PUTTING FAITH IN NUMBERS
Activity trackers can be great, providing you with stacks of data that allows you to monitor and observe progressions in your fitness. But, blind faith in the numbers can derail your running.Technology provides us with real time feedback, like pace, distance, heart rate and cadence, but does this prevent us from listening to the very real feedback our bodies are providing? Running 180 steps per minute is counter-productive if it makes you feel like you are running like a horse on hot coals. Running a 5k on a nice flat course on a bright autumn morning is totally different to a hilly 5k run in heavy rain after a stressful week at work. Don’t hamper yourself with predefined targets!We recommend structuring your running by time and effort or feel. Running for 30 mins at a ‘steady’ pace can be replicated regardless of weather, terrain, or mood - allowing you to be much more consistent in your effort. Eluid agrees with us.
COMPARING YOURSELF TO OTHERS
“Comparison is the thief of joy.” You are unique, with your own individual circumstance. Running five times a week at breakneck speed might work for some guy you follow on Strava - but it might not work for you. If you looked at the training schedules of Olympic 1500m finalists you would be surprised at how varied they are. That’s because they are brilliant at finding the right balance of training that works for them. We don’t have their talent or have the luxury of training full time but we can borrow their more individualistic approach. Keep a running diary, making note of how the sessions make you feel. This will help you find a training routine that makes you feel great and brings you the most satisfaction.
GETTING STUCK IN A ONE PACED RUT
Understandably, new runners tend to focus on ‘building the distance’ in their training. This is great initially - it’s important to build strength and stamina. However, as you progress it's really important to include some variety in your training. In very simple terms, there are a number of bits in our bodies or ‘physiological areas’ we need to develop to improve our ability to run. Lung busting intervals improve our ability to take on and use large volumes of oxygen, sustained challenging pace runs improve our hearts capacity to pump the blood around the body, and short fast sprints improve communication between brain and muscles. Building the distance only gets us so far - variety is the spice of life.
SETTING ‘HARD AND FAST’ GOALS
We are told to make sure our goals are measurable - so it makes perfect sense to include firm dates, times and distances. However, if you want to have a healthy, fruitful and long-term relationship with running perhaps it’s better to cut ourselves a bit of slack.Trying to hit a specific time goal in a specific race on a specific day is a tough ask. What happens if the weather is unseasonably warm, or the wind starts gusting at 40 kmh? What happens if you pick up a cold the day of the race? Very specific time goals can bring added pressure on race day - many runners have felt the dark cloud of negativity that envelopes them as they start to fall short of their mid-race splits!Set goals that focus on the journey you need to take to reach the times or distances you want to achieve. If running three times a week consistently over eight weeks, and joining a pilates group will help you run a sub 50 min 10k, then make that your goal. If you don’t do it at the first attempt you will at the second!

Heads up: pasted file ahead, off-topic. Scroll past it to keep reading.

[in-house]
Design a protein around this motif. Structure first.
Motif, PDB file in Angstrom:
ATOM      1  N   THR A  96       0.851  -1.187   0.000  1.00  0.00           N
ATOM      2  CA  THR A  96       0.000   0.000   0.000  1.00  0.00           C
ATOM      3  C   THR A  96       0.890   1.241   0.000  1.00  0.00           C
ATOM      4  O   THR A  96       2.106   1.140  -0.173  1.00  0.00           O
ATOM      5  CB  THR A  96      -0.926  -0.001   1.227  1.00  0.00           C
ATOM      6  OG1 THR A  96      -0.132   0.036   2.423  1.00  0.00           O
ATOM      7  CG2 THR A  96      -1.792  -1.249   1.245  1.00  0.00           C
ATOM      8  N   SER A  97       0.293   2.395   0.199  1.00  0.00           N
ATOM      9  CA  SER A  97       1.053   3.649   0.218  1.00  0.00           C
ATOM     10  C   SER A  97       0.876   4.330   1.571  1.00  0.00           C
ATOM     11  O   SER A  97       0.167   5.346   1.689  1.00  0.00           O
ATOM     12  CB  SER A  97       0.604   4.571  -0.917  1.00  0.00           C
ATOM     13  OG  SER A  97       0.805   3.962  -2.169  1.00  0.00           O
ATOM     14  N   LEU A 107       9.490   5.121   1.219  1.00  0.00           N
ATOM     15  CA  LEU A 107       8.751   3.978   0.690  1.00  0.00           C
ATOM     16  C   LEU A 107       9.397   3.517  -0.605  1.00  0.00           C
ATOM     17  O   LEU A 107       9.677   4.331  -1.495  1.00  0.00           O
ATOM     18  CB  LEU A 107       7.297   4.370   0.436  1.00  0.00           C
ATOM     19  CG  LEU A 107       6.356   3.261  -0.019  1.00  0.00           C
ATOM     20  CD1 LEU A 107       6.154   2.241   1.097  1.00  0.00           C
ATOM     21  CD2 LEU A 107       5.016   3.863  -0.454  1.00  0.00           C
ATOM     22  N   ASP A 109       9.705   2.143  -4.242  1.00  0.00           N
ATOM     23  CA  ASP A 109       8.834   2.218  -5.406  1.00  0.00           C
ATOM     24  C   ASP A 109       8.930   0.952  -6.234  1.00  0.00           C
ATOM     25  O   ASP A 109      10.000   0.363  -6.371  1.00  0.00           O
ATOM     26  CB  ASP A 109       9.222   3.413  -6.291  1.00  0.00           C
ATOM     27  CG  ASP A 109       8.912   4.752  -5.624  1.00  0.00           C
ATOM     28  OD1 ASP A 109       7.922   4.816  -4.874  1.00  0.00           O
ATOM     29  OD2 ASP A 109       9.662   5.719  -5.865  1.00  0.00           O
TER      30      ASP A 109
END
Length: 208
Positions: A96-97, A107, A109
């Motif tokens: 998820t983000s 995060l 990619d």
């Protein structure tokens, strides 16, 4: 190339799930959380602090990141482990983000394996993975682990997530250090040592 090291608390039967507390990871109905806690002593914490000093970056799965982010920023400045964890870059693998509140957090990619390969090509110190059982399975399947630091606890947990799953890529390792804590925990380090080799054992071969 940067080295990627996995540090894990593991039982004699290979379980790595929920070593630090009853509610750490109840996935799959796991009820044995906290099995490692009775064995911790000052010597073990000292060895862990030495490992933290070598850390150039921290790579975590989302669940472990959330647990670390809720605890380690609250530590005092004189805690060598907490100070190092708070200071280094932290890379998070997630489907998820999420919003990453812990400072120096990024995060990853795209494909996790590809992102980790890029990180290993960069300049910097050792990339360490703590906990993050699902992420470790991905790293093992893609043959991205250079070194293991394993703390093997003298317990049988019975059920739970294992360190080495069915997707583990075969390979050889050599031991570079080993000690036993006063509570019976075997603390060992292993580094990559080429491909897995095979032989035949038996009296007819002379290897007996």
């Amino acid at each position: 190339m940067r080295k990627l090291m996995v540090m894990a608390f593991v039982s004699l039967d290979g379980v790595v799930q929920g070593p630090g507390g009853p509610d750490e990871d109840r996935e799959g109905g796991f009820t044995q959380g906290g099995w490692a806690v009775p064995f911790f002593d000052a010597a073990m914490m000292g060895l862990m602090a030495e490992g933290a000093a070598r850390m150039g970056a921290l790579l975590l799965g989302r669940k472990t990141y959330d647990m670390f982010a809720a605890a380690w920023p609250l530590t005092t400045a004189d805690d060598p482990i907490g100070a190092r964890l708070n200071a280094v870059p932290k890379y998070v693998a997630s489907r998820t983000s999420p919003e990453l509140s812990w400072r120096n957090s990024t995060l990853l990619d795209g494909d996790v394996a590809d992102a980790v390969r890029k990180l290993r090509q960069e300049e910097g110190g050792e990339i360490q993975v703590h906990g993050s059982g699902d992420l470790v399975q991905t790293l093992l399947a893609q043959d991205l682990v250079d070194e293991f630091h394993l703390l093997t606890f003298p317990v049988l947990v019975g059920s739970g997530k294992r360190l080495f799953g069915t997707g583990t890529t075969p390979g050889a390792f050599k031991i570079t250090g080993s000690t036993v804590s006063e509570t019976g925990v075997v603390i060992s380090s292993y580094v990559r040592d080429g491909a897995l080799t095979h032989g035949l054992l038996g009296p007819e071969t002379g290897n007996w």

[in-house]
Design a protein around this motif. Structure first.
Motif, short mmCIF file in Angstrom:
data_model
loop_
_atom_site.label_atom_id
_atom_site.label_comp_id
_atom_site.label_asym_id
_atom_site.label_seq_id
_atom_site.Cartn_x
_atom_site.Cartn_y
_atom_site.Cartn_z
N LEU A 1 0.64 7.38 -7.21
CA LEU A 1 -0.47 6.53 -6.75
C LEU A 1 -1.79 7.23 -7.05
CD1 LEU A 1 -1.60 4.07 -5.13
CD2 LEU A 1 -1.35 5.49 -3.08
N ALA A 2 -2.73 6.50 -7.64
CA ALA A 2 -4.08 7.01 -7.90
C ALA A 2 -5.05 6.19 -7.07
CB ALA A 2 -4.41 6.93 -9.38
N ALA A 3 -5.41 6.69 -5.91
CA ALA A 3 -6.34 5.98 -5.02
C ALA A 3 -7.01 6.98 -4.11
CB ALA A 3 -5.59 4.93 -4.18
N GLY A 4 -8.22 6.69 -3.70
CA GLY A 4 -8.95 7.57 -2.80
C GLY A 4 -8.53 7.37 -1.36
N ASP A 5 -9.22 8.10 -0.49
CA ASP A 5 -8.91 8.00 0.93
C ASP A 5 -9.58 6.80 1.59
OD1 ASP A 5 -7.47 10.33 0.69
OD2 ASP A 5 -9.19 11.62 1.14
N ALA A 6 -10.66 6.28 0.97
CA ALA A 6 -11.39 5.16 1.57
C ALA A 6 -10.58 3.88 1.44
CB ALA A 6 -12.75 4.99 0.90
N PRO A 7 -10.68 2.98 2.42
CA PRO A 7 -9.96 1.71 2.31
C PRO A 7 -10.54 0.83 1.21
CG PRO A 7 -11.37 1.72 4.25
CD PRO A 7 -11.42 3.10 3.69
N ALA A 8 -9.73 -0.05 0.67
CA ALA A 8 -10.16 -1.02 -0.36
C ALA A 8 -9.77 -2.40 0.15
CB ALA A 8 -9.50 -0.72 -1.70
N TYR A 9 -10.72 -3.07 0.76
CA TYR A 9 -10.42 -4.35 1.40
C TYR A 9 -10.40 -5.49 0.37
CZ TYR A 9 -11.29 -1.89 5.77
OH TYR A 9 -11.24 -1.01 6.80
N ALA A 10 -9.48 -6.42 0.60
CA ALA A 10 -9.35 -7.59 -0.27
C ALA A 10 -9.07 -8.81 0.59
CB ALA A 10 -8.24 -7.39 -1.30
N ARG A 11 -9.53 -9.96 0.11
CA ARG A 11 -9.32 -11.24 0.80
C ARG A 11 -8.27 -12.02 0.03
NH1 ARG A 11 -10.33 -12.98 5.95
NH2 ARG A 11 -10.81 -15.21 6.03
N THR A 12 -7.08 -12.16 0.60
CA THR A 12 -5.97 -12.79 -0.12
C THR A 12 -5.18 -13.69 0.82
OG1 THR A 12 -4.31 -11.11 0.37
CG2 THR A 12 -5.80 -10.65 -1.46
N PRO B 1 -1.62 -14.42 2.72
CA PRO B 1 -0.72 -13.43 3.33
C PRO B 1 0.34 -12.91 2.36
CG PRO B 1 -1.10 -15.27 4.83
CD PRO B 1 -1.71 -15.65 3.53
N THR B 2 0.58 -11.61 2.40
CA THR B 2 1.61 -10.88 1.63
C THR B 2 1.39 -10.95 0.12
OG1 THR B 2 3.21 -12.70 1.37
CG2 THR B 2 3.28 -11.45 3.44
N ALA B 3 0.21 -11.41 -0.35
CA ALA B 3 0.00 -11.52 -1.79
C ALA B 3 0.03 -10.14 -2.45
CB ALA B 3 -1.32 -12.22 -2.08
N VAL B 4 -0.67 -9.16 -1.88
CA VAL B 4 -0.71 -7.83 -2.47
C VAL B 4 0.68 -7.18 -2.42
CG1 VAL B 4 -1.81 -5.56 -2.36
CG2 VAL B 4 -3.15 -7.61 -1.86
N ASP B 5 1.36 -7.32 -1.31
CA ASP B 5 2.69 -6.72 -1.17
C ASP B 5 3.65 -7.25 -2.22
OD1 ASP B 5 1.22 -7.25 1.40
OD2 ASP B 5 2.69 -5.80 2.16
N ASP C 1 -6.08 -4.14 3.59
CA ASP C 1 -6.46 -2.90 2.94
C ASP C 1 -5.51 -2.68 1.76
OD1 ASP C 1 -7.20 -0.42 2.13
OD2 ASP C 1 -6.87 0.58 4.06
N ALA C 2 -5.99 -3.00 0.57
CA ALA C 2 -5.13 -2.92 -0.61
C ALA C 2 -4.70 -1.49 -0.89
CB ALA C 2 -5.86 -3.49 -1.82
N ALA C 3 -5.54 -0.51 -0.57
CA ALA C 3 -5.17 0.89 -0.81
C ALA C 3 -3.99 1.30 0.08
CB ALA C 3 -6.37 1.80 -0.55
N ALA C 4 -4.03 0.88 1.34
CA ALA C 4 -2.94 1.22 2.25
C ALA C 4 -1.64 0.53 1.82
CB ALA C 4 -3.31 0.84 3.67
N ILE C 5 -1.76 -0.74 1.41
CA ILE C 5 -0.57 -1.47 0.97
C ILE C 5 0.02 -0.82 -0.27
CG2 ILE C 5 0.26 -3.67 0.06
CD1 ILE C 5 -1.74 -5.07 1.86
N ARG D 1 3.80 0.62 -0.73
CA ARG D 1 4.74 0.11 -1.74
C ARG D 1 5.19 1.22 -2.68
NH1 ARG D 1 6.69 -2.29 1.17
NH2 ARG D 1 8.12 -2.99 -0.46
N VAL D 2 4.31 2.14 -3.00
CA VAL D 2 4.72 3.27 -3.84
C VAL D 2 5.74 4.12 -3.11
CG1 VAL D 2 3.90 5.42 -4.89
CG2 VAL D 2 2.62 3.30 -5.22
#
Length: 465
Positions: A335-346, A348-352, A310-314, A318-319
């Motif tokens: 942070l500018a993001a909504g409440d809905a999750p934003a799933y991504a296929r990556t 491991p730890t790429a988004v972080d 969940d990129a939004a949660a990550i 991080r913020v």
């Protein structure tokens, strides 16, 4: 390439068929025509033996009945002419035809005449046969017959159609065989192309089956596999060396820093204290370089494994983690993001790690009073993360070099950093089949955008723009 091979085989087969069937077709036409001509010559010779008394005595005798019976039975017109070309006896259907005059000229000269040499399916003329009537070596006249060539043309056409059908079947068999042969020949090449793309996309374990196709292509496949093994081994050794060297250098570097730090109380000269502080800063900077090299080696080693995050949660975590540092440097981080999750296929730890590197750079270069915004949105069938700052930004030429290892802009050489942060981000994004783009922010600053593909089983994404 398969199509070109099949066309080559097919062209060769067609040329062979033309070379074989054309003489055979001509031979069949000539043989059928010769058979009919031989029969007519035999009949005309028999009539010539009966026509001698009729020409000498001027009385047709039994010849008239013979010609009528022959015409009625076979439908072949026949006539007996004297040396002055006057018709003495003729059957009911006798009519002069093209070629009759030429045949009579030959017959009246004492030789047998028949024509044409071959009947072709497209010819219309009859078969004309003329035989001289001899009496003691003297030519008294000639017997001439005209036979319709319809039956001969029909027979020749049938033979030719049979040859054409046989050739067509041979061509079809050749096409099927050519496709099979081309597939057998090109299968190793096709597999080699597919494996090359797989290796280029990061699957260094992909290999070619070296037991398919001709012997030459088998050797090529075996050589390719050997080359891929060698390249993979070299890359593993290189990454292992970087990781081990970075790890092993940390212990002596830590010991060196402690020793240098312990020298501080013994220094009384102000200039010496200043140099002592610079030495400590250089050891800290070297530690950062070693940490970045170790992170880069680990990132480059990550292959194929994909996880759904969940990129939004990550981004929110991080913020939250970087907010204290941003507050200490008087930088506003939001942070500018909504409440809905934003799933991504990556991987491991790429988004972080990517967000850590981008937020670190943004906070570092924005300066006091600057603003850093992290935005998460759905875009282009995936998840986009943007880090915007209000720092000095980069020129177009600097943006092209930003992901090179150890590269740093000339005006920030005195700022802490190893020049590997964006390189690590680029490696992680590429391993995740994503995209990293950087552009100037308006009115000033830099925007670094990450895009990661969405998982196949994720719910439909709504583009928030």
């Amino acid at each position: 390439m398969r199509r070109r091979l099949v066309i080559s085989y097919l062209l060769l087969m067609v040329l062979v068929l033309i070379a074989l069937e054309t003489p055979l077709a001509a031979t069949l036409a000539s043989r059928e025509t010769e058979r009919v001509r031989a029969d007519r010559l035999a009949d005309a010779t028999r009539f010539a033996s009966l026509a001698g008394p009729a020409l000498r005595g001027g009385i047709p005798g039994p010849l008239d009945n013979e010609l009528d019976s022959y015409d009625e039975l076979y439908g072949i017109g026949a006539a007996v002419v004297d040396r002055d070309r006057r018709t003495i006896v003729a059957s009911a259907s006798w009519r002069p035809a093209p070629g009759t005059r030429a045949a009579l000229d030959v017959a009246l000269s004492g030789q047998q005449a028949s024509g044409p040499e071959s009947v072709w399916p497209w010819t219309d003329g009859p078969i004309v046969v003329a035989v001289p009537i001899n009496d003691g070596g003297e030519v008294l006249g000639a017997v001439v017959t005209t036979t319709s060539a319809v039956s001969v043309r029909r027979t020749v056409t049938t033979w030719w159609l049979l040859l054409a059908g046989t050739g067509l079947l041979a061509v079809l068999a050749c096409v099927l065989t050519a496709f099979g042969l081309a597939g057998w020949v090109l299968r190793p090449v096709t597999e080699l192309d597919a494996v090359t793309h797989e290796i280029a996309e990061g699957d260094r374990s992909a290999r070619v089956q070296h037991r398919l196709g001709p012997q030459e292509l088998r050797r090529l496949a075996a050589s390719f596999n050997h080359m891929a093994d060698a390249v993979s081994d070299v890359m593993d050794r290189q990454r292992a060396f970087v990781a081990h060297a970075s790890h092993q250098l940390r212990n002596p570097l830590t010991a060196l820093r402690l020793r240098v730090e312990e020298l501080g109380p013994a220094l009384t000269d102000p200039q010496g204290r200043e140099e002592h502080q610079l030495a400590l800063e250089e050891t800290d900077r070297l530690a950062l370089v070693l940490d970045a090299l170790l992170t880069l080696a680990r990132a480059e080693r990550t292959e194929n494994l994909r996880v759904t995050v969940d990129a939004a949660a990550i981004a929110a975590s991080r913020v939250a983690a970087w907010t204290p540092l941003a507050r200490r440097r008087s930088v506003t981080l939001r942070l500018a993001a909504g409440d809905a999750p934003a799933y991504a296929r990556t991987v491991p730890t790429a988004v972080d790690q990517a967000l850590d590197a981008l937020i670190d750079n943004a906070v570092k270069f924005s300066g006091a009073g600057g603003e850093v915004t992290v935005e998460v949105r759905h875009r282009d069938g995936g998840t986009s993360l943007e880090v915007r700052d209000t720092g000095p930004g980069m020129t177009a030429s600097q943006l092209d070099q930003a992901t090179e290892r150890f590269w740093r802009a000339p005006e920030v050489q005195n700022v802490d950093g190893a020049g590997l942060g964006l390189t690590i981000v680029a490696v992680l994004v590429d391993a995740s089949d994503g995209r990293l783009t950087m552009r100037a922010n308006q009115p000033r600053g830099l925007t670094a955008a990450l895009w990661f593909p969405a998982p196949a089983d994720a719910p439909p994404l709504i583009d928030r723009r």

GOING IN STRAIGHT FOR THE MARATHON
Running a marathon can be an incredible life affirming experience, but it's also really tough. If you want to tackle 26.2 you need to be prepared to devote four months of your life to a race that can easily end in disappointment. Run a 10k, race a 5k - you can run one every weekend if the mood takes you! People always want to buy a ticket to the big dance but there is so much fun to be had at events along the way.
RUNNING TOO FAST
Most new runners, regardless of intrinsic ability, run too fast too often. We’re time poor. We’re all looking for the latest ‘training hacks’, fastest ‘gains’ and most productive approaches. The problem with running is there is no quick fix. Like a fine wine, the longer you give it the more rewarding it becomes.The more you ‘practise’ the better you become, and keeping the majority of our runs steady allows us to run more consistently. As a rule of thumb, around 80% of your running should be done at a relaxed, comfortable pace - a pace where you could maintain conversation with a running partner if you had one. Push yourself from time to time, but allow yourself to recover properly before you push again. With this approach your body becomes stronger, and you perform better when you do push yourself. Stress the body, let it recover and it will adapt more effectively.
BEING AFRAID OF FAILURE
The vast majority of us will never toe the line at an Olympics - so have some fun and experiment. Run with reckless abandon, take a risk or two. What’s the worst that could happen?Enter a few races and test yourself. Who cares if it doesn’t go to plan! Try to learn something new about yourself - it might be eye opening.